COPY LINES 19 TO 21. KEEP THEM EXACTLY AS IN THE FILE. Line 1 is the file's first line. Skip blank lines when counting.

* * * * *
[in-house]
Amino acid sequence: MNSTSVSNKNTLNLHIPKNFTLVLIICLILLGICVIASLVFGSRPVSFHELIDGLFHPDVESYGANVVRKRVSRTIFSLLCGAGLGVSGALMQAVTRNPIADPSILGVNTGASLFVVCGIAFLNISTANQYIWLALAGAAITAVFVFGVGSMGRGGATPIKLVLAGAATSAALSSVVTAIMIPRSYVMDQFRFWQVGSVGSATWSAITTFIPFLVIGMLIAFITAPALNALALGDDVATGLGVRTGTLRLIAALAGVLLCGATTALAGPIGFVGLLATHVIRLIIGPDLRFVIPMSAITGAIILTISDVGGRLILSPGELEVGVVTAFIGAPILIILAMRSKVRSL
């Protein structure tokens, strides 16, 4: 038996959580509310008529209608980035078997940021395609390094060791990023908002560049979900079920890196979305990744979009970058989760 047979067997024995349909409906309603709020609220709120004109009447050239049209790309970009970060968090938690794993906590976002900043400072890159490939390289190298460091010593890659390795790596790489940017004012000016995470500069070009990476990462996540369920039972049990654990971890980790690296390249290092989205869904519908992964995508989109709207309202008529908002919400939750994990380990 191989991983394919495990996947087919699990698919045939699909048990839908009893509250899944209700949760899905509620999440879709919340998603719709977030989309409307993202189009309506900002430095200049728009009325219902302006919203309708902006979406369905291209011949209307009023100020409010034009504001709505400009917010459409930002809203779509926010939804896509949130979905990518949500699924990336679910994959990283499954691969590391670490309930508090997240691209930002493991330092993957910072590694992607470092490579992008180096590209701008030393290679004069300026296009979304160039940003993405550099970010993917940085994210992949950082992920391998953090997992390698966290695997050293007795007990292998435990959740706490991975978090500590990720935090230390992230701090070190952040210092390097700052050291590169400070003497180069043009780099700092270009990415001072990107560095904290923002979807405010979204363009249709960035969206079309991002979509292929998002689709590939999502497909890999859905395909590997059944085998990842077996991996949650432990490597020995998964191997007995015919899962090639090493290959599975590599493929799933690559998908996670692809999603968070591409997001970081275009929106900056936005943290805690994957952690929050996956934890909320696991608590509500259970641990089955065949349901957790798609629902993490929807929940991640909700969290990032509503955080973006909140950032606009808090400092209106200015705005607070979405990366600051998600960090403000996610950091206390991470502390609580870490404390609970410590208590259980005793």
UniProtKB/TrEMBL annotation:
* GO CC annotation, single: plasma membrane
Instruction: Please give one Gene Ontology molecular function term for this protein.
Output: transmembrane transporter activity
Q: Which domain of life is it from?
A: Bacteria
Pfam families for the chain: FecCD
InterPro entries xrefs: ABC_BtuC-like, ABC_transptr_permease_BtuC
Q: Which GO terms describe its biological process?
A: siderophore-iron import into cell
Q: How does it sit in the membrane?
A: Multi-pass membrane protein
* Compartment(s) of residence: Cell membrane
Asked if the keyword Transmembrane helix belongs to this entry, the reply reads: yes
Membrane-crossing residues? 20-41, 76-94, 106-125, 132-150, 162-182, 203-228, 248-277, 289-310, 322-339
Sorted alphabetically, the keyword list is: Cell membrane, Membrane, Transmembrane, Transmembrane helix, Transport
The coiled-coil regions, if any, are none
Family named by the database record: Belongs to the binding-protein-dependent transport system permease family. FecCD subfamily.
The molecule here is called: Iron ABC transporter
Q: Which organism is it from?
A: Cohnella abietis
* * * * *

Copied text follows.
Sorted alphabetically, the keyword list is: Cell membrane, Membrane, Transmembrane, Transmembrane helix, Transport
The coiled-coil regions, if any, are none
Family named by the database record: Belongs to the binding-protein-dependent transport system permease family. FecCD subfamily.